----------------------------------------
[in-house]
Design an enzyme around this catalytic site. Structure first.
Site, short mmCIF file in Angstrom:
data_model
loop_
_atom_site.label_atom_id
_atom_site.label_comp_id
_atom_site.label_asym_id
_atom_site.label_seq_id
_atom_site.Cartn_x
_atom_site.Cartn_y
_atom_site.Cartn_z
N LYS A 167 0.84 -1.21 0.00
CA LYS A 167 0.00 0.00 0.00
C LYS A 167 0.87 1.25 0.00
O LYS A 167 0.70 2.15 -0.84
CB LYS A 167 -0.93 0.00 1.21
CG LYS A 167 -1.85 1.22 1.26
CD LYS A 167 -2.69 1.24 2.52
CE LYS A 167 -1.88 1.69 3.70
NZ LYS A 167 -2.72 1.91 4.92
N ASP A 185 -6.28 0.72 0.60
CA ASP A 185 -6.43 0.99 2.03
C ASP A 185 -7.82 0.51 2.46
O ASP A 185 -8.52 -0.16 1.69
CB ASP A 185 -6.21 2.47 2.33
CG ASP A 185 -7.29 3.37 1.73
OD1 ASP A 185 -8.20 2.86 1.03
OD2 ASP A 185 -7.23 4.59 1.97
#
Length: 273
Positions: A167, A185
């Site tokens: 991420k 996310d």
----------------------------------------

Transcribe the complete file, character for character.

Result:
[in-house]
Design an enzyme around this catalytic site. Structure first.
Site, short mmCIF file in Angstrom:
data_model
loop_
_atom_site.label_atom_id
_atom_site.label_comp_id
_atom_site.label_asym_id
_atom_site.label_seq_id
_atom_site.Cartn_x
_atom_site.Cartn_y
_atom_site.Cartn_z
N LYS A 167 0.84 -1.21 0.00
CA LYS A 167 0.00 0.00 0.00
C LYS A 167 0.87 1.25 0.00
O LYS A 167 0.70 2.15 -0.84
CB LYS A 167 -0.93 0.00 1.21
CG LYS A 167 -1.85 1.22 1.26
CD LYS A 167 -2.69 1.24 2.52
CE LYS A 167 -1.88 1.69 3.70
NZ LYS A 167 -2.72 1.91 4.92
N ASP A 185 -6.28 0.72 0.60
CA ASP A 185 -6.43 0.99 2.03
C ASP A 185 -7.82 0.51 2.46
O ASP A 185 -8.52 -0.16 1.69
CB ASP A 185 -6.21 2.47 2.33
CG ASP A 185 -7.29 3.37 1.73
OD1 ASP A 185 -8.20 2.86 1.03
OD2 ASP A 185 -7.23 4.59 1.97
#
Length: 273
Positions: A167, A185
């Site tokens: 991420k 996310d």